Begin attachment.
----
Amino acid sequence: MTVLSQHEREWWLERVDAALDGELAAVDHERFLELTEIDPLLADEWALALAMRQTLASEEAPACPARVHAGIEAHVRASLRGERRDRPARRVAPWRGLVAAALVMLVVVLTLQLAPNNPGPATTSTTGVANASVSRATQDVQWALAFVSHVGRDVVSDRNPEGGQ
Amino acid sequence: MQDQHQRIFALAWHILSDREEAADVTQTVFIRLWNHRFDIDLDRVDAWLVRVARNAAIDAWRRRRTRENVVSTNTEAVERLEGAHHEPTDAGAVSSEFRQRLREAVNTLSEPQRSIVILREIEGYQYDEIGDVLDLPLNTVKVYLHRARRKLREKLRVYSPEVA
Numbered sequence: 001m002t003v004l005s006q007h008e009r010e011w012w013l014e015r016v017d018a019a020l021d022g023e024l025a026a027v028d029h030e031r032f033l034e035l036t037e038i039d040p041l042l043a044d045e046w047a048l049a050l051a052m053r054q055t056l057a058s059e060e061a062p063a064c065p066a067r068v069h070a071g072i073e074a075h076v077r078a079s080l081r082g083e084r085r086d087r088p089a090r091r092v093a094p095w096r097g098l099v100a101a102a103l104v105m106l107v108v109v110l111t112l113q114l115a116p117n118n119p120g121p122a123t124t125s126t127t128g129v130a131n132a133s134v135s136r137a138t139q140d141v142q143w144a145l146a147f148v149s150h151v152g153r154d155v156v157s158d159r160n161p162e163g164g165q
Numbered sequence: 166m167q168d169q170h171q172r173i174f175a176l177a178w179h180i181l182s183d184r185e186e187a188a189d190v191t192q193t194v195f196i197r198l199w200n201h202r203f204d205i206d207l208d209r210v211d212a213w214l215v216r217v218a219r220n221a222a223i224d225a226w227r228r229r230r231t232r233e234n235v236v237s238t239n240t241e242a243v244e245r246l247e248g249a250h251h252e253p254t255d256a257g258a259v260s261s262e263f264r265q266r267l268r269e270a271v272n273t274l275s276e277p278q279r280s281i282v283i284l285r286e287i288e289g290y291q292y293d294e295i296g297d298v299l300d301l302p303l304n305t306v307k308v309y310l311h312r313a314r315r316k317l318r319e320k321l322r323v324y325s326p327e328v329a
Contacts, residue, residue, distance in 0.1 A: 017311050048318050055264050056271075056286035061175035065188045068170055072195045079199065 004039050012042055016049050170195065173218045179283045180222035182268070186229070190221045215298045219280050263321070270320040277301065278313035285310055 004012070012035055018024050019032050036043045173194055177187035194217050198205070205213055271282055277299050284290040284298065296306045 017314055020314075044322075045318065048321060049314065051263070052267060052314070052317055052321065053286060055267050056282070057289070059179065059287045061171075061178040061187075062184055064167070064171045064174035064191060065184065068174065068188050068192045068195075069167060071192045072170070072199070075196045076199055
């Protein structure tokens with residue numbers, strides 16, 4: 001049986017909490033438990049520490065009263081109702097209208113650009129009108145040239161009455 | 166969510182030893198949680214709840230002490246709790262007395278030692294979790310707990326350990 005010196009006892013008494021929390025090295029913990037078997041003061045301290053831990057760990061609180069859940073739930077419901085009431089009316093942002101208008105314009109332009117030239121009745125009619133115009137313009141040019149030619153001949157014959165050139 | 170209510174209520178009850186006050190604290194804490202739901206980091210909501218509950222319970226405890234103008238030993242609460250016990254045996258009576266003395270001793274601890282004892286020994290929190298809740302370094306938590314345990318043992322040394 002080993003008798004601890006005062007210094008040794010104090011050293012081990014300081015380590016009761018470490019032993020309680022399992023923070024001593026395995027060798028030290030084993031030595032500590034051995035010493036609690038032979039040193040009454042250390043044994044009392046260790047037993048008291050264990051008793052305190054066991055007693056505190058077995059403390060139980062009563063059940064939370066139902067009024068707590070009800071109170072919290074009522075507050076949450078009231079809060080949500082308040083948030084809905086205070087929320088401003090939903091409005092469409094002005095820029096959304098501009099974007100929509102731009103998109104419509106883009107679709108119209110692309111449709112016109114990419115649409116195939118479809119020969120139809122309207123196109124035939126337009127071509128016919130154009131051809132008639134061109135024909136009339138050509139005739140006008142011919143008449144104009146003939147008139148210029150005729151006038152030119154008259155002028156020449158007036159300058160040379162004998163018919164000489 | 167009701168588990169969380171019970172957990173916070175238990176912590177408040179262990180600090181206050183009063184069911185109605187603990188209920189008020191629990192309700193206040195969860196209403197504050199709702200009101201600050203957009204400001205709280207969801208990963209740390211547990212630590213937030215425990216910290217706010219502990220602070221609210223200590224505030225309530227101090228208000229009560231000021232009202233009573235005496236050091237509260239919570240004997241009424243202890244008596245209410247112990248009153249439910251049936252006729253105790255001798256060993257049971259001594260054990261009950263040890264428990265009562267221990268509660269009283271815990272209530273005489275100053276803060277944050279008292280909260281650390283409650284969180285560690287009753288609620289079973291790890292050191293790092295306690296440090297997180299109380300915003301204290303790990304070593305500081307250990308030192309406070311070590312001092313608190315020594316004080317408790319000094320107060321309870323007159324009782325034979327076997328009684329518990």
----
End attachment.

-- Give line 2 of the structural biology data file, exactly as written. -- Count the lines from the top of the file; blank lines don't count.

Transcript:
Amino acid sequence: MQDQHQRIFALAWHILSDREEAADVTQTVFIRLWNHRFDIDLDRVDAWLVRVARNAAIDAWRRRRTRENVVSTNTEAVERLEGAHHEPTDAGAVSSEFRQRLREAVNTLSEPQRSIVILREIEGYQYDEIGDVLDLPLNTVKVYLHRARRKLREKLRVYSPEVA